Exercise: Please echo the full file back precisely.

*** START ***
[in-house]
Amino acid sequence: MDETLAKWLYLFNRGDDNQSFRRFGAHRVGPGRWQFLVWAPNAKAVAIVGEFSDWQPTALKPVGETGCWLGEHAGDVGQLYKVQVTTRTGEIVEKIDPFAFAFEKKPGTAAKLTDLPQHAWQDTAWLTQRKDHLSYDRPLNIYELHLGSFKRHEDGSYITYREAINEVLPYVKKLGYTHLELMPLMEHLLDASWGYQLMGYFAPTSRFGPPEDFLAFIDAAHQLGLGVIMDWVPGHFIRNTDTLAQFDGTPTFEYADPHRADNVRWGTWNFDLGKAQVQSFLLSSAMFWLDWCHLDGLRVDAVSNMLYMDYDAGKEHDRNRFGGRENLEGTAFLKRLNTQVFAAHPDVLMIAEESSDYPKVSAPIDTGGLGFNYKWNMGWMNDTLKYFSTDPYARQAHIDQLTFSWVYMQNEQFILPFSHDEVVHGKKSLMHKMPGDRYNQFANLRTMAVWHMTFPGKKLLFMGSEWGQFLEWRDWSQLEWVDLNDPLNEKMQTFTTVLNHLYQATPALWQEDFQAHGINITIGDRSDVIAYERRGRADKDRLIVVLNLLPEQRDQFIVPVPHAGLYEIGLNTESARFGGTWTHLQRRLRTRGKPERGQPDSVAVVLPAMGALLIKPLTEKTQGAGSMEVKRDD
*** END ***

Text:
[in-house]
Amino acid sequence: MDETLAKWLYLFNRGDDNQSFRRFGAHRVGPGRWQFLVWAPNAKAVAIVGEFSDWQPTALKPVGETGCWLGEHAGDVGQLYKVQVTTRTGEIVEKIDPFAFAFEKKPGTAAKLTDLPQHAWQDTAWLTQRKDHLSYDRPLNIYELHLGSFKRHEDGSYITYREAINEVLPYVKKLGYTHLELMPLMEHLLDASWGYQLMGYFAPTSRFGPPEDFLAFIDAAHQLGLGVIMDWVPGHFIRNTDTLAQFDGTPTFEYADPHRADNVRWGTWNFDLGKAQVQSFLLSSAMFWLDWCHLDGLRVDAVSNMLYMDYDAGKEHDRNRFGGRENLEGTAFLKRLNTQVFAAHPDVLMIAEESSDYPKVSAPIDTGGLGFNYKWNMGWMNDTLKYFSTDPYARQAHIDQLTFSWVYMQNEQFILPFSHDEVVHGKKSLMHKMPGDRYNQFANLRTMAVWHMTFPGKKLLFMGSEWGQFLEWRDWSQLEWVDLNDPLNEKMQTFTTVLNHLYQATPALWQEDFQAHGINITIGDRSDVIAYERRGRADKDRLIVVLNLLPEQRDQFIVPVPHAGLYEIGLNTESARFGGTWTHLQRRLRTRGKPERGQPDSVAVVLPAMGALLIKPLTEKTQGAGSMEVKRDD